30. The days of teams only looking at players on the field performance only is over. He is showing them that he`s in it for the money and not for team work and winning.And that is fine for him and i don`t blame him personally at all but coaches and GM`s have their own careers on the line so if you don`t think it matters your naive. It doesn`t take 4 months to evaluate game film on these guys.Most of the time preparing for the draft is back ground checks with college coaches,teammates, classmates and team managers trying to determine who going to work hard like a Tom Brady type and who`s going to cash a paycheck like a Damarcus Russell type. The NFL is a hard place to work.If you don`t love the game and the work your at a huge disadvantage trying to hold off all the guys who do.
    HUGE RED FLAG!

  31. If you have solidified your draft position it makes no sense to play. I can see this going on step further with guys like Leonard Fournette skipping the year all together. If I was Leonard I wouldn’t have played at all this year and just entered the draft.

  32. Mike Stoops should shut up. This kid has a concussion history but he
    gave up on his teammates? When the Colleges start to give the players
    a fair share of revenues then you can talk about accountability!
    If he has early dementia is the NCAA going to provide med coverage? “. Provide money for his family due to his incapacity that occurred as a result of his college play?
    When the answer to the above is yes …then Mike Stoops can bitch until then ..how about was is best for the kid?

    P.S. Hey mom and dad make sure your kids don’t play for Stoops!
    He cares!

  33. If this logic works, then:

    “Why bother playing the last year of your contract? You just might get hurt, so why not sit out and wait to renegotiate a bigger contract next year? It’s about your financial well-being, so why risk it?”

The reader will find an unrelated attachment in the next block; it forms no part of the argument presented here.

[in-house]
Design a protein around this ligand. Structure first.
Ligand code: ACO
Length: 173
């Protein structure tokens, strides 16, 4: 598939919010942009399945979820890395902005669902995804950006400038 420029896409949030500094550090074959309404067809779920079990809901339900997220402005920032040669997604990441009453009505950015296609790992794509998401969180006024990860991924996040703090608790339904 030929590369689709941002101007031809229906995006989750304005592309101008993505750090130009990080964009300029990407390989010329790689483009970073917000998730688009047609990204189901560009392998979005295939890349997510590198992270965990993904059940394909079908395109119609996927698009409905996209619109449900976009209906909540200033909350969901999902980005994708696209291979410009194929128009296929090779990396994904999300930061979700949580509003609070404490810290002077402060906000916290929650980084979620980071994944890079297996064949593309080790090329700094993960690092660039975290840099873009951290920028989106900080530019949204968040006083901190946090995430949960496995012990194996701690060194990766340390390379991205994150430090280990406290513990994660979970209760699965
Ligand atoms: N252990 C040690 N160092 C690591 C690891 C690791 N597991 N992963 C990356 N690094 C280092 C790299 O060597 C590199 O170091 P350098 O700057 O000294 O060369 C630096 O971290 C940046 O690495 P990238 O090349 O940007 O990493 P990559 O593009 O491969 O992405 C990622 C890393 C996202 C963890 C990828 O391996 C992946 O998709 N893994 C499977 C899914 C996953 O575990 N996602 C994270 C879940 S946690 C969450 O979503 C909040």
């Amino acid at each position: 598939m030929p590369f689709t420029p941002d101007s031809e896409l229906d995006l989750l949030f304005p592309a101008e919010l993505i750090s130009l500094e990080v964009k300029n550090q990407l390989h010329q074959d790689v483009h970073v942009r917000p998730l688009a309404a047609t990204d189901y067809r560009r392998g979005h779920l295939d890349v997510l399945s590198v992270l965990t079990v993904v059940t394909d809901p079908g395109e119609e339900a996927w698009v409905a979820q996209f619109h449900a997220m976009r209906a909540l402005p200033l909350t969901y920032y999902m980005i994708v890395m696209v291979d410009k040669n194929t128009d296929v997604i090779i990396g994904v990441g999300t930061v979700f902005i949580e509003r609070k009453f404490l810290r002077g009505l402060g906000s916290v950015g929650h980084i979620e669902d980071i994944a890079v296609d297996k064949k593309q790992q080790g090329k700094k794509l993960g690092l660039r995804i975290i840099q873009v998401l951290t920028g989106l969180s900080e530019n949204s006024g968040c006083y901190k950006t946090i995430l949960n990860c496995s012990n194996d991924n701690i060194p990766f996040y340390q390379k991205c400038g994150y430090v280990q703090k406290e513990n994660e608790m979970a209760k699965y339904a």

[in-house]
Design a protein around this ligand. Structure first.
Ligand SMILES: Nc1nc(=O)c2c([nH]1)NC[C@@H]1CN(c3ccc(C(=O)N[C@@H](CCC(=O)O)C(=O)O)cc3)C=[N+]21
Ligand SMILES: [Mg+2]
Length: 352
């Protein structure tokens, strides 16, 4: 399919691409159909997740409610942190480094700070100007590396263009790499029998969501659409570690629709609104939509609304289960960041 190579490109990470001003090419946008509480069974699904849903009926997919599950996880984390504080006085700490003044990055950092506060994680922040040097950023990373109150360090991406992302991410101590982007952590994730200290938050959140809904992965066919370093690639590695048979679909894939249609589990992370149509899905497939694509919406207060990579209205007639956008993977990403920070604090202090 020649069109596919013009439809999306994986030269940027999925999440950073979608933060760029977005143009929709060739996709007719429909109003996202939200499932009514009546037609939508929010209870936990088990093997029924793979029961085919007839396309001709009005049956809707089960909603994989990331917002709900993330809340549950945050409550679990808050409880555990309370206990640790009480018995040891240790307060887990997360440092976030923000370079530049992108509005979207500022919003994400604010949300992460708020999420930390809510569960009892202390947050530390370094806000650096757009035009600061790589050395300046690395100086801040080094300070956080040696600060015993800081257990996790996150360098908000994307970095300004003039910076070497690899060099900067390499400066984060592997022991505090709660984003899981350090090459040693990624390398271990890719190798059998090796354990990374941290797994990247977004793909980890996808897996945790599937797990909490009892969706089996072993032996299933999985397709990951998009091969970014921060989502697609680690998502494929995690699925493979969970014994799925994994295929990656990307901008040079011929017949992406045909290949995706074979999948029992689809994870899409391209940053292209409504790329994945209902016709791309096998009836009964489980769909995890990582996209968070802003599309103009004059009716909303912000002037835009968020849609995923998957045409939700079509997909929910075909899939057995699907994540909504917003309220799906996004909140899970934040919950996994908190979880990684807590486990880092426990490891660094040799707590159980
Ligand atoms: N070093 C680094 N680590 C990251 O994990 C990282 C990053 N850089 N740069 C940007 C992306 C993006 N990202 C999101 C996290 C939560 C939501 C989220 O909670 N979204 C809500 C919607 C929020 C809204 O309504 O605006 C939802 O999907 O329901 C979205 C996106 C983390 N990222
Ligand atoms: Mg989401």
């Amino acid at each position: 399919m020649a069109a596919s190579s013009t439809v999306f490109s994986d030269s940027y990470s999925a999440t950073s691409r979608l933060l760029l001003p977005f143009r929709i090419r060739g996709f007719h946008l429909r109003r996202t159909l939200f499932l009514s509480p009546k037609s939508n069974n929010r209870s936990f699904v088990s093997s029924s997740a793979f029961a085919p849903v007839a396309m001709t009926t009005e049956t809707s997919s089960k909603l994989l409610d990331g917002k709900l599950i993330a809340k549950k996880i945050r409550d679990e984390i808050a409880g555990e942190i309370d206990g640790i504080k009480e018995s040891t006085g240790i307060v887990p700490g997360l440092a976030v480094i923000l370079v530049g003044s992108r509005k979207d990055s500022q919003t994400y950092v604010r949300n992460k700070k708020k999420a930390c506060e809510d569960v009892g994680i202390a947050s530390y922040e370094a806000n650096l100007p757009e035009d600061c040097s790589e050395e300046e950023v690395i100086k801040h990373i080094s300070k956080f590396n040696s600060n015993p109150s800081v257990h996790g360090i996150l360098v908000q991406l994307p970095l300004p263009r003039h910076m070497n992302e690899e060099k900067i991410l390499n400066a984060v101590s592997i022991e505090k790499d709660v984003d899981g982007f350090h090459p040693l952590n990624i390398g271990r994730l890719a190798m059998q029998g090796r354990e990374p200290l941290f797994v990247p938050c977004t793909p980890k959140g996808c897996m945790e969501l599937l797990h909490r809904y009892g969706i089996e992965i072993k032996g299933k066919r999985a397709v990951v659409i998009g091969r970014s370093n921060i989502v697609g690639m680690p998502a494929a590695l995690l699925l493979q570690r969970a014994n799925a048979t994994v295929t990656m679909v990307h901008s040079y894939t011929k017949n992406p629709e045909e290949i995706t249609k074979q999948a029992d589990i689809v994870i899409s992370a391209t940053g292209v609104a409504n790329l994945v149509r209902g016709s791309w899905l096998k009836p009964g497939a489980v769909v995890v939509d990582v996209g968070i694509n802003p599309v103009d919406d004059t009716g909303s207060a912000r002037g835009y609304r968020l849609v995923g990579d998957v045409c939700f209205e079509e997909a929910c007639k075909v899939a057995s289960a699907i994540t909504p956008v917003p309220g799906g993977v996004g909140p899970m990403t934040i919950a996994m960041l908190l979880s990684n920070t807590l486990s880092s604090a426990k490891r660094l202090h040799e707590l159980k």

Yeah, I’m sure teams love that kinda mentality, right?

  34. jchipwood says:
    Nov 16, 2016 12:31 PM
    College football is meaningless to most Patriot fans because Boston College is terrible.
    ==========================

    So it’s not just football you don’t understand, it’s the mind set behind what makes Boston a pro town. As sports fans we come together over our pro teams. We know it’s hard for someone in the Third World environment of South Florida to understand but there are hundreds of exceptional institutions of higher learning in the Boston media market. Loyalties are highly divided when it comes to college athletics, with alumni of all of them spread throughout the region remaining loyal to their alma mater. You don’t get it because you have a few football factory public universities with basket weaving and tanning as acceptable majors, the schools here exist primarily to teach not field teams to entertain cretins that never attended them anyway.

  35. The surgeon who just saved your life may have started college on a Lacrosse scholarship, paid for by the football revenue. Nothing, especially this issue, is black and white. But in my opinion, coaches of revenue generating college sports, shouldn’t be paid any more than an equivalent professor position in academics.

  36. NFL teams tend to drop players on their boards if they loaf or quit on their team.

    See #1 overall pick Jadeon Clowney…oh wait, no they dont. If you can play, they’re drafting you.